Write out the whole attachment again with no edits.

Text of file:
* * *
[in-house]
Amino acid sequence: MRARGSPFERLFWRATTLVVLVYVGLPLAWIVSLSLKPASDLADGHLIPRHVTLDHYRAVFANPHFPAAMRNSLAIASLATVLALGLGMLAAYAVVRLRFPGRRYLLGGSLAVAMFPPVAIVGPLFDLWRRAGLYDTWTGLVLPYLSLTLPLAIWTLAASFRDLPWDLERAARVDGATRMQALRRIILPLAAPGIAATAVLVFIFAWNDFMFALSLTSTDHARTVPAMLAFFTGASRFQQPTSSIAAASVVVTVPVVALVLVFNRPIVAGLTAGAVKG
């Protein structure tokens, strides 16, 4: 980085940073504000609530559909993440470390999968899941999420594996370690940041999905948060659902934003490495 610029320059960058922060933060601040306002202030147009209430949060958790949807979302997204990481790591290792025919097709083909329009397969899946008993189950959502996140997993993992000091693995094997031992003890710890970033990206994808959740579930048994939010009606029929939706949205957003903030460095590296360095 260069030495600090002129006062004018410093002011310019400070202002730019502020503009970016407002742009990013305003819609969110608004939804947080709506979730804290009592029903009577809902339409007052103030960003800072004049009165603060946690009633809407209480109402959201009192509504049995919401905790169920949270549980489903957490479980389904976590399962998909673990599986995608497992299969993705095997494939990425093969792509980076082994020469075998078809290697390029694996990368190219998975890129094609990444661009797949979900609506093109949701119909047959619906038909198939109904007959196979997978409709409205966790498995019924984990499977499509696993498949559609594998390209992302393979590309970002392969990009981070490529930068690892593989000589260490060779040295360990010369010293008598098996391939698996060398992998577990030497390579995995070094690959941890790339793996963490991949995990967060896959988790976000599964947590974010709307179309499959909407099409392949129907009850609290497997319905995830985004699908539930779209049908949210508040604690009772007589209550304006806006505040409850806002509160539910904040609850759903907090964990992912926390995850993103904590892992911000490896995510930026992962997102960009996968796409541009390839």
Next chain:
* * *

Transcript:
[in-house]
Amino acid sequence: MRARGSPFERLFWRATTLVVLVYVGLPLAWIVSLSLKPASDLADGHLIPRHVTLDHYRAVFANPHFPAAMRNSLAIASLATVLALGLGMLAAYAVVRLRFPGRRYLLGGSLAVAMFPPVAIVGPLFDLWRRAGLYDTWTGLVLPYLSLTLPLAIWTLAASFRDLPWDLERAARVDGATRMQALRRIILPLAAPGIAATAVLVFIFAWNDFMFALSLTSTDHARTVPAMLAFFTGASRFQQPTSSIAAASVVVTVPVVALVLVFNRPIVAGLTAGAVKG
């Protein structure tokens, strides 16, 4: 980085940073504000609530559909993440470390999968899941999420594996370690940041999905948060659902934003490495 610029320059960058922060933060601040306002202030147009209430949060958790949807979302997204990481790591290792025919097709083909329009397969899946008993189950959502996140997993993992000091693995094997031992003890710890970033990206994808959740579930048994939010009606029929939706949205957003903030460095590296360095 260069030495600090002129006062004018410093002011310019400070202002730019502020503009970016407002742009990013305003819609969110608004939804947080709506979730804290009592029903009577809902339409007052103030960003800072004049009165603060946690009633809407209480109402959201009192509504049995919401905790169920949270549980489903957490479980389904976590399962998909673990599986995608497992299969993705095997494939990425093969792509980076082994020469075998078809290697390029694996990368190219998975890129094609990444661009797949979900609506093109949701119909047959619906038909198939109904007959196979997978409709409205966790498995019924984990499977499509696993498949559609594998390209992302393979590309970002392969990009981070490529930068690892593989000589260490060779040295360990010369010293008598098996391939698996060398992998577990030497390579995995070094690959941890790339793996963490991949995990967060896959988790976000599964947590974010709307179309499959909407099409392949129907009850609290497997319905995830985004699908539930779209049908949210508040604690009772007589209550304006806006505040409850806002509160539910904040609850759903907090964990992912926390995850993103904590892992911000490896995510930026992962997102960009996968796409541009390839």
Next chain: